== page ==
• See An Eye Care Practitioner
  • Women should make regular eye exams a part of their health routine. Prevent Blindess America recommends everyone receive a comprehensive eye exam by age 40, if not earlier, and follow up care as recommended by an eye care practitioner. You can locate an eye care practitioner near you with CooperVision’s Find A Practitioner tool.
  • Learn More About Dry Eye
  • According to the National Women’s Health Resource Center, dry eye affects an estimated 3.2 million American women and 1.6 million American men over age 50. Hispanic and Asian women are more likely to be affected by symptoms of dry eye syndrome. If you are a woman who suffers from dry eye, make sure to ask your eye care practitioner about CooperVision’s Proclear lenses . They are the only contacts with FDA clearance for the claim: "may provide improved comfort for contact lens wearers who experience mild discomfort or symptoms relating to dryness during lens wear."
  • Eat For Eye Health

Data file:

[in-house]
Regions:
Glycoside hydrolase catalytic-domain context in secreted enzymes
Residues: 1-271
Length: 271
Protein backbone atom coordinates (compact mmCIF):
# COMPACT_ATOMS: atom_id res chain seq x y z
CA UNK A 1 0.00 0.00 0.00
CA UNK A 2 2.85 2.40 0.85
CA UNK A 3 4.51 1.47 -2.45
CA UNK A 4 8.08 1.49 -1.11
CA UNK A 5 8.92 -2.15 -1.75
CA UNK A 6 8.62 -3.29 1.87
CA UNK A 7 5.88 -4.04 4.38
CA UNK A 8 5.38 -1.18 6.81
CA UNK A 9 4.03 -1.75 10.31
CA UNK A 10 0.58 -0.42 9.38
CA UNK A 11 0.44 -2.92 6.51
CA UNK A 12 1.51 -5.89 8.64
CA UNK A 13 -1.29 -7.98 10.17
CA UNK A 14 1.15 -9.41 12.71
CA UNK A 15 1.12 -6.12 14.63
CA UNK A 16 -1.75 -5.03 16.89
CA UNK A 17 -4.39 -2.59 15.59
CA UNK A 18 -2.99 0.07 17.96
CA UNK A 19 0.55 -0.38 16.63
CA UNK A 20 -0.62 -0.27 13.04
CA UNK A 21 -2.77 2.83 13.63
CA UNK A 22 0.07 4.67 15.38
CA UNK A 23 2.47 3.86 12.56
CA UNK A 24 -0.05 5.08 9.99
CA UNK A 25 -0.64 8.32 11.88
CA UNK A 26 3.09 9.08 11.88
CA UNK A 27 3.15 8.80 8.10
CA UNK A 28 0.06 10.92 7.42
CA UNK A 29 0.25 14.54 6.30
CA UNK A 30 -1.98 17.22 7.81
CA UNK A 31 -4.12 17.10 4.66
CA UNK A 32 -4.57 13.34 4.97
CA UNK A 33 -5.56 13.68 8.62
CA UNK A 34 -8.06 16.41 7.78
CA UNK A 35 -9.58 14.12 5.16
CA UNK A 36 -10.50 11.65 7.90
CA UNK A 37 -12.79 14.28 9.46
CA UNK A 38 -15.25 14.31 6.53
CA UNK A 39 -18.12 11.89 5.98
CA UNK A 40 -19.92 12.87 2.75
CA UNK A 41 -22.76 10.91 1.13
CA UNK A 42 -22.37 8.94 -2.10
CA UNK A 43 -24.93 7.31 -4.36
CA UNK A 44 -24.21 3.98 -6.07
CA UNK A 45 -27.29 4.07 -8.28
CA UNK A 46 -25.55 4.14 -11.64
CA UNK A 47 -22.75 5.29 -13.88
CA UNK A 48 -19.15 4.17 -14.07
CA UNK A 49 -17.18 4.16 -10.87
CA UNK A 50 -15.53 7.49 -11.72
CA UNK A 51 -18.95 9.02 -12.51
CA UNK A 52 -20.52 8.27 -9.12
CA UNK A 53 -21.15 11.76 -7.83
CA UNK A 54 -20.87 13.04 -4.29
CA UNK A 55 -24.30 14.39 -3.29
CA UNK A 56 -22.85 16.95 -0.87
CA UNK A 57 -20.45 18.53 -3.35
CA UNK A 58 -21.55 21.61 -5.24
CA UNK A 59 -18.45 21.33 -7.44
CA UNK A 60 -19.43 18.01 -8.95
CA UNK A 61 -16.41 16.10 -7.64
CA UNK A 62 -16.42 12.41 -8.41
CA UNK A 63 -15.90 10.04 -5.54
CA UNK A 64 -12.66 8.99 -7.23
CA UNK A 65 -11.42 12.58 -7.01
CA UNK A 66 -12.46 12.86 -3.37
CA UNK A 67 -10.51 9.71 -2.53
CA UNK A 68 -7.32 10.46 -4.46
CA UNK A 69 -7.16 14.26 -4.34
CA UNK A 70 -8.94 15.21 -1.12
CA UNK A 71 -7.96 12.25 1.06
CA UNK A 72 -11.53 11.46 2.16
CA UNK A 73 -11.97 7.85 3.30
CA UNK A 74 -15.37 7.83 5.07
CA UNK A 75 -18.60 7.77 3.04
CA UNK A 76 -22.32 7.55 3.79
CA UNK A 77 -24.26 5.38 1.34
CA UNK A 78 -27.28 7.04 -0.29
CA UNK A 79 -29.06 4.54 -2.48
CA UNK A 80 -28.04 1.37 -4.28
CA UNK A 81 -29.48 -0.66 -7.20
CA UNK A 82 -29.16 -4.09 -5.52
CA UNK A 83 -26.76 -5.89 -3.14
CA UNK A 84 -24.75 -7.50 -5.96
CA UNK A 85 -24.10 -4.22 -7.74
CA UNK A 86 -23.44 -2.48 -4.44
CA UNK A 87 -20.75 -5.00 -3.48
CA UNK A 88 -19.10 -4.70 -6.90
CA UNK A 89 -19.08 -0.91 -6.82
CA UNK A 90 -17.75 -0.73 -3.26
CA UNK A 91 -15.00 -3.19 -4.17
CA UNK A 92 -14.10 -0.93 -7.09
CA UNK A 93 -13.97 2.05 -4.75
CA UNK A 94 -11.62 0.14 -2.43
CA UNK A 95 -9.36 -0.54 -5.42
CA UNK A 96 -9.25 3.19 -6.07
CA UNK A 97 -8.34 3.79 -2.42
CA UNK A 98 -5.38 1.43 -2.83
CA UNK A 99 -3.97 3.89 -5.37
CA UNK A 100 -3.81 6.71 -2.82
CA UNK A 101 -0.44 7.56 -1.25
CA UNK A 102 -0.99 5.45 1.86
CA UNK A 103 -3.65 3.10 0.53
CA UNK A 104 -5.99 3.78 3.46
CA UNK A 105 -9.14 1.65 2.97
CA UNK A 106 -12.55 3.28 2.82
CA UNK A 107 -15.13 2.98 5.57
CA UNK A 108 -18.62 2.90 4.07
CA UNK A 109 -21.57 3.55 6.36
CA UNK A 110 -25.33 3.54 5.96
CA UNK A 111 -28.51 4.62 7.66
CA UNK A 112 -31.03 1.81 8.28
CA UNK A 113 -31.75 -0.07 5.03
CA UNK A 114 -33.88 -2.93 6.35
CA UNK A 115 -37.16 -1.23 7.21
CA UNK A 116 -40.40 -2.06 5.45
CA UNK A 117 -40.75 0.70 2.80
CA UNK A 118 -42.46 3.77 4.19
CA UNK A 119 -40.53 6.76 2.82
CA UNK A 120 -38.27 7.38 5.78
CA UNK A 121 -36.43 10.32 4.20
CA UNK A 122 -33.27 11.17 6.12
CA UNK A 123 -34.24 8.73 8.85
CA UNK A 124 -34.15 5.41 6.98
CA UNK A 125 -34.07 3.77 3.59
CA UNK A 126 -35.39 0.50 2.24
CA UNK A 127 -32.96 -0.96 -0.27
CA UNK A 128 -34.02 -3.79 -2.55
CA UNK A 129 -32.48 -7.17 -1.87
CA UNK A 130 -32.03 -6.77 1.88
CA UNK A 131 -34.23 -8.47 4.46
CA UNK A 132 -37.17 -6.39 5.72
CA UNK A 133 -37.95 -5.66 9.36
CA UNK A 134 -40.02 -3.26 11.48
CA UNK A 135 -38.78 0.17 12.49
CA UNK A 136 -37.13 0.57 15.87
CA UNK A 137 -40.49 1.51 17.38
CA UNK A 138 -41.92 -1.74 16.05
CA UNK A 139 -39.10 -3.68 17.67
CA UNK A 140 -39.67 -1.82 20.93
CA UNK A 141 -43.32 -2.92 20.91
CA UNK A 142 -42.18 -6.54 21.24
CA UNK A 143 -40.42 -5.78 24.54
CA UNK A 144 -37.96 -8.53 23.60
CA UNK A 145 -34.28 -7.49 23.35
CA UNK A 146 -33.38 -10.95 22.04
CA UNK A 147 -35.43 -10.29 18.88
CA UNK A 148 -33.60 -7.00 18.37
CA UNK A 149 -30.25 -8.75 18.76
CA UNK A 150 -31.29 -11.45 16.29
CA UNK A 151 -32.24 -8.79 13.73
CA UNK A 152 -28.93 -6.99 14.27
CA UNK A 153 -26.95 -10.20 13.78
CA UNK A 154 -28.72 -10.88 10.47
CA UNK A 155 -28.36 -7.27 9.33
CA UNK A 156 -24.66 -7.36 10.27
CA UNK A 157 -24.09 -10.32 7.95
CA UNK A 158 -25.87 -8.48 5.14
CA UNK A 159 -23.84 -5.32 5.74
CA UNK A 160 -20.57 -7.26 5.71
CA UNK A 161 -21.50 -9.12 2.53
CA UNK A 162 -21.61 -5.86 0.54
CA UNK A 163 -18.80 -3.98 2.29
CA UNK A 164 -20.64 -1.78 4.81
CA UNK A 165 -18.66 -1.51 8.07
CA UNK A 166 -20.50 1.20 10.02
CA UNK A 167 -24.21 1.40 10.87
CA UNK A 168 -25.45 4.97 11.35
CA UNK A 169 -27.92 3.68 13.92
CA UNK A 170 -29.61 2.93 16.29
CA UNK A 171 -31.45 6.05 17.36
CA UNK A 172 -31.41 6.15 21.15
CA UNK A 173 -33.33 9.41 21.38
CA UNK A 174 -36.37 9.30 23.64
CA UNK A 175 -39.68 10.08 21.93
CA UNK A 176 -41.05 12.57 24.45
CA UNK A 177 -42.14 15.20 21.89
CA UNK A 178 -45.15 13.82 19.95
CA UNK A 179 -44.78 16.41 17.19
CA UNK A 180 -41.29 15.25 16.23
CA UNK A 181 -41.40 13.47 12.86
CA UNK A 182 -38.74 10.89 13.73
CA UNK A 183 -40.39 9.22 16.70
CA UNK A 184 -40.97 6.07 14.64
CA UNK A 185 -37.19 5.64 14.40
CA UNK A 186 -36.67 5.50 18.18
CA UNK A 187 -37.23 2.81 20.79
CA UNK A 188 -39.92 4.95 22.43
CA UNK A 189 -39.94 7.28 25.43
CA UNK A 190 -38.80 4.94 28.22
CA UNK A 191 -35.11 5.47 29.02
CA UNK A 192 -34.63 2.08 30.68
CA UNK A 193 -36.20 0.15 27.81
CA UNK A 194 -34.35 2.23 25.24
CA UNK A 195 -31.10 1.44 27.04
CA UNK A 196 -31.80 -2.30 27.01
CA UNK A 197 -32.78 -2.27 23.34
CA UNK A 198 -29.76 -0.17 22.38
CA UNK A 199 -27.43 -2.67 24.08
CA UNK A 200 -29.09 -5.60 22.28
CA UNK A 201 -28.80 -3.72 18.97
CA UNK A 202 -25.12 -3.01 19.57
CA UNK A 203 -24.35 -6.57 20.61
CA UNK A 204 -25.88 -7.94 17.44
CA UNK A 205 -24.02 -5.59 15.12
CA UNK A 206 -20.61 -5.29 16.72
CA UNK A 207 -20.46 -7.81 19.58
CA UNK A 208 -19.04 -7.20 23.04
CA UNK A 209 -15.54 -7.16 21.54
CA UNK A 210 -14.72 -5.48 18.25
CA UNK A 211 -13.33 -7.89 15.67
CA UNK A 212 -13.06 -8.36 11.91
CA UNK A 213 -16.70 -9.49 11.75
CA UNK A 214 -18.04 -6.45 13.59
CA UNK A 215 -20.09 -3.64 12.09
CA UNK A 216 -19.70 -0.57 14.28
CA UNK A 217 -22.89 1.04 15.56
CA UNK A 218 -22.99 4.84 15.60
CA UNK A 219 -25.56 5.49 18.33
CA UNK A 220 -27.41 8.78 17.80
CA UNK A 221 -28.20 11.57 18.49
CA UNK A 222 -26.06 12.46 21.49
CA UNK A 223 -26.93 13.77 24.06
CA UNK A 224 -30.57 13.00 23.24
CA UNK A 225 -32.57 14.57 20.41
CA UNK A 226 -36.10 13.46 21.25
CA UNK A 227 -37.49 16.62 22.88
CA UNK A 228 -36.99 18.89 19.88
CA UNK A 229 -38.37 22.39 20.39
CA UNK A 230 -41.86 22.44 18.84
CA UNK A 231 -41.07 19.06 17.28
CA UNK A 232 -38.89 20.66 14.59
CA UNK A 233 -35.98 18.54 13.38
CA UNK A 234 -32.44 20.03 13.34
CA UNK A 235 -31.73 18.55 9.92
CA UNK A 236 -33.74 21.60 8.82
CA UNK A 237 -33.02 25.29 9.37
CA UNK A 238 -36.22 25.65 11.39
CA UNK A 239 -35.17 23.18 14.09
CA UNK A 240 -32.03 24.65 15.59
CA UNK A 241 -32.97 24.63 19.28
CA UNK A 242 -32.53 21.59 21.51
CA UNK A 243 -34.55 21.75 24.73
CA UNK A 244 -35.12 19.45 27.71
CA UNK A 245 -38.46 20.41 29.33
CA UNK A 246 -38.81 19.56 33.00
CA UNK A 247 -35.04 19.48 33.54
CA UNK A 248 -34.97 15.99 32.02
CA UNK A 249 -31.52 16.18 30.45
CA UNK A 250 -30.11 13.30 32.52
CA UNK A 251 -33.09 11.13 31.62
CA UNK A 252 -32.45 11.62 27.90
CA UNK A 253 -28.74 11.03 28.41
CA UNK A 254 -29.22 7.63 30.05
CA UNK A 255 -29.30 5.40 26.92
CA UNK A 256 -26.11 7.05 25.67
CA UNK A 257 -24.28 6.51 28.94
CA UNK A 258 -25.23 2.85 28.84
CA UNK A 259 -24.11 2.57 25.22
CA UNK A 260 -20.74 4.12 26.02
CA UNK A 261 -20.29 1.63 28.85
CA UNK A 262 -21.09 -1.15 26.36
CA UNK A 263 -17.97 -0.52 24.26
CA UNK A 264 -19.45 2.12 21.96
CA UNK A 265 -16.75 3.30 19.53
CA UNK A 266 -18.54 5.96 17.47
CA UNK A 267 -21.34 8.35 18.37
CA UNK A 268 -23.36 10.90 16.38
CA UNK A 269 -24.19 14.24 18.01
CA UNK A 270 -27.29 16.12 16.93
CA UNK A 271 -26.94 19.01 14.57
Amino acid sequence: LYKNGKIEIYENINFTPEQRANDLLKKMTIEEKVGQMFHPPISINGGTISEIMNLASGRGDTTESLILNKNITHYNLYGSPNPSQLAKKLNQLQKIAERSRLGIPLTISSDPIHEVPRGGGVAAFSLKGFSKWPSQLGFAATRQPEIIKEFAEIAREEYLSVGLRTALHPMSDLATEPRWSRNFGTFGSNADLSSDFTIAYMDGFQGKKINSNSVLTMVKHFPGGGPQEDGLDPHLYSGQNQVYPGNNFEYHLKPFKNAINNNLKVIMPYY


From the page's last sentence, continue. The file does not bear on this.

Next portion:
• Women should eat a diet that is rich in vitamin C, vitamin E, beta carotene, lutein, zeaxanthin, zinc and omega-3 fatty acids to prevent vision loss from eye disease. For more information on eye health, make sure to visit our Facebook Timeline and follow us @CooperVision on Twitter.

Dry Eye and Contact Lenses

Posted by CooperVision on Friday, March 2, 2012

A common complaint among contact lens users is that their eyes are dry. It may be a reason that some eye care patients avoid wearing contacts at all. In fact, recent studies have shown that up to 52.7% of contact lens wearers suffer from dry eye . However, eye care patients should know there are options out there to help improve the discomfort of dry eye.

Dry eye is typically related to an insufficiency in tear film. Tear film is a mixture of water, fatty oils, proteins, and electrolytes . Tear film helps the eye stay hydrated, maintain a smooth and clear surface, and helps to prevent infections. When a patient either has decreased amounts of tear volume, or an increase in tear evaporation, that patient will suffer from dry eye. Some of the most common complaints of patients suffering from dry eye are: stinging, burning, grittiness, the feeling of something in the eye, and blurry vision.

Patients can work with their eye care practitioner to find a dry eye solution that works for them. The first step is to make an appointment with an eye care practitioner and discuss these complaints. Some patients worry that bringing up dry eye issues will mean that they will have to give up wearing contact lenses, but an eye care practitioner may be able to recommend contact lenses and a regimen that can keep patients looking and feeling their best.